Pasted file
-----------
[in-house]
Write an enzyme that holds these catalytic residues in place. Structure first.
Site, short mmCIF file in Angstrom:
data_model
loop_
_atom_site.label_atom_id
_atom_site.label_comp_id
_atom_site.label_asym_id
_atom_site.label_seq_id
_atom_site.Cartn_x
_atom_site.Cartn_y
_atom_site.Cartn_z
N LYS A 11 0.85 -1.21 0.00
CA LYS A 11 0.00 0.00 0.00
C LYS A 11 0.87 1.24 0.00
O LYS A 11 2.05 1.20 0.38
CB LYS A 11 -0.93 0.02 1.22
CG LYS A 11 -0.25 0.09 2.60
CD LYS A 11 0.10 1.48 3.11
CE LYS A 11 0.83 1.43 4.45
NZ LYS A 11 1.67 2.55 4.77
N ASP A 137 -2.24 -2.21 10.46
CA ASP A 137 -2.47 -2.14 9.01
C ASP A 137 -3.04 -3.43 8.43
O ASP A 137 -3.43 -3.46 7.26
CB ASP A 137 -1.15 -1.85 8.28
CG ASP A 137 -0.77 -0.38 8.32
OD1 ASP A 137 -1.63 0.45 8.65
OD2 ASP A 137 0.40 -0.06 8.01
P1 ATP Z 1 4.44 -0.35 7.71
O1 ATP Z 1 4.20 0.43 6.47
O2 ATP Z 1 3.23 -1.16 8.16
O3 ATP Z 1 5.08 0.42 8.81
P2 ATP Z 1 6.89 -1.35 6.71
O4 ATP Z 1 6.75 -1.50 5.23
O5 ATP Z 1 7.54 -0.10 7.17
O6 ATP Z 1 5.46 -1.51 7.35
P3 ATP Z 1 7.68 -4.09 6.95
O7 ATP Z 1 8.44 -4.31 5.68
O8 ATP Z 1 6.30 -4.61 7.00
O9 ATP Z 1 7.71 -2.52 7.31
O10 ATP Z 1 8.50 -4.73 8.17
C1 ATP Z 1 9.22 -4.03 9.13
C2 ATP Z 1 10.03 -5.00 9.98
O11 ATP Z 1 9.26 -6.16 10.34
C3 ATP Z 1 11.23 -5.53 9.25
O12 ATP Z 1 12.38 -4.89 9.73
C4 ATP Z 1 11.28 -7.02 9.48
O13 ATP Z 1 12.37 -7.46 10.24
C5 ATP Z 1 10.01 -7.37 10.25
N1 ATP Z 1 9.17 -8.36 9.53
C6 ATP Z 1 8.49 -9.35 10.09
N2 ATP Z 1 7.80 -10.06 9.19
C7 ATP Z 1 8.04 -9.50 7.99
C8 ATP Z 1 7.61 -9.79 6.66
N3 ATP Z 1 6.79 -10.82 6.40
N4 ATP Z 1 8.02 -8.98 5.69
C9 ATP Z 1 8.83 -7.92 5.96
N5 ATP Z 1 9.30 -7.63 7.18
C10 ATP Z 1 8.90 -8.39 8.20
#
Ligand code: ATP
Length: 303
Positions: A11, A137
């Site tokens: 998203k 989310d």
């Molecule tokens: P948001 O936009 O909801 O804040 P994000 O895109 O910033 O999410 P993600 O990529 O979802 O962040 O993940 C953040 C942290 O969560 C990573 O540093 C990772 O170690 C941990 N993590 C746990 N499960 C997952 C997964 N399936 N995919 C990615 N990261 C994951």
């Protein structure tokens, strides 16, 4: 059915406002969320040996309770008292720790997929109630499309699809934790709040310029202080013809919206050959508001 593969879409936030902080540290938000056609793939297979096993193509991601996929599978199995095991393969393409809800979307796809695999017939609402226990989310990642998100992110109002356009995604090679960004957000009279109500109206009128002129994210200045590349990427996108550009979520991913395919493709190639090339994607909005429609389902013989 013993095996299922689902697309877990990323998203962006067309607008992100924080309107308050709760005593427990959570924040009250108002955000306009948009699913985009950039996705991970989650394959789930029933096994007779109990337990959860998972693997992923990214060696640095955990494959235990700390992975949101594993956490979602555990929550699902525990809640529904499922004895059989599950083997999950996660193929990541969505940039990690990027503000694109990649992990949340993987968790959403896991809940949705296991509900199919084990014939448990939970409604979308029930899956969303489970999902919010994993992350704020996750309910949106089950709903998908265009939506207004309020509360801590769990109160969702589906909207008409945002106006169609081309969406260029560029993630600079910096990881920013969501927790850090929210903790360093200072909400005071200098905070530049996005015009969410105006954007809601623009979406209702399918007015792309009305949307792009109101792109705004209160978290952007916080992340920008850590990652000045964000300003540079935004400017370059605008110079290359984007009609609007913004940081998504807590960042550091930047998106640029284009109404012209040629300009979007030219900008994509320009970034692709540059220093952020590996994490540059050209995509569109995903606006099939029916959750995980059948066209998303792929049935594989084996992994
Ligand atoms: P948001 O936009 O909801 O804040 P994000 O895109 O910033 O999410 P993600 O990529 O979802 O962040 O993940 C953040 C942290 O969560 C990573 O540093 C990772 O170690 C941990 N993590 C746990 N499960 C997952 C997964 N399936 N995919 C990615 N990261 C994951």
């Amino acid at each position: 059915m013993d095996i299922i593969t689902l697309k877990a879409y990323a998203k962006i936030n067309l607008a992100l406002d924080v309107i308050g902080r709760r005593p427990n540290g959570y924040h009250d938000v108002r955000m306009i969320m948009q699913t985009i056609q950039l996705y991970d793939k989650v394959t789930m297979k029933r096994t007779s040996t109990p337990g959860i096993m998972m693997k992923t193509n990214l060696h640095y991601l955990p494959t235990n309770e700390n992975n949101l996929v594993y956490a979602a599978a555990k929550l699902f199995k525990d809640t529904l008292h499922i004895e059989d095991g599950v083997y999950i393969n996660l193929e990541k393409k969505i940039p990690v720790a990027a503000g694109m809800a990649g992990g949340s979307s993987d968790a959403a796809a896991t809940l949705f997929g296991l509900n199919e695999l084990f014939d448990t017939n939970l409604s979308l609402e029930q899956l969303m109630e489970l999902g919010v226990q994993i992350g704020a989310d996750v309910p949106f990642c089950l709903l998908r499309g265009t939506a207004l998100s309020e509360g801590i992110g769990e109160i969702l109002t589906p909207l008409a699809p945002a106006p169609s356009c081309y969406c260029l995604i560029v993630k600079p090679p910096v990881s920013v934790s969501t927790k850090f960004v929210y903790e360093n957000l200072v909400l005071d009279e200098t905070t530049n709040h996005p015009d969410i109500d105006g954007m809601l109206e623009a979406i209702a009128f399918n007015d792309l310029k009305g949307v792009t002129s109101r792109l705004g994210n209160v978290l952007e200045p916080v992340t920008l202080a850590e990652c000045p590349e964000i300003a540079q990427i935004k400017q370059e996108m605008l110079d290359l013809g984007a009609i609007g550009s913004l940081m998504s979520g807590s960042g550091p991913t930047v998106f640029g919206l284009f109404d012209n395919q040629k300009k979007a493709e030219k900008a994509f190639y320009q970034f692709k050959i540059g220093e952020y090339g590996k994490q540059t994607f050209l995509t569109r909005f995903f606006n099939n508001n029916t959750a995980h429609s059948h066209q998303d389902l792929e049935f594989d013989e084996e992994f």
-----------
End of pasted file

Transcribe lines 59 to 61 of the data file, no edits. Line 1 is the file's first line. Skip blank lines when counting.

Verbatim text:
N5 ATP Z 1 9.30 -7.63 7.18
C10 ATP Z 1 8.90 -8.39 8.20
#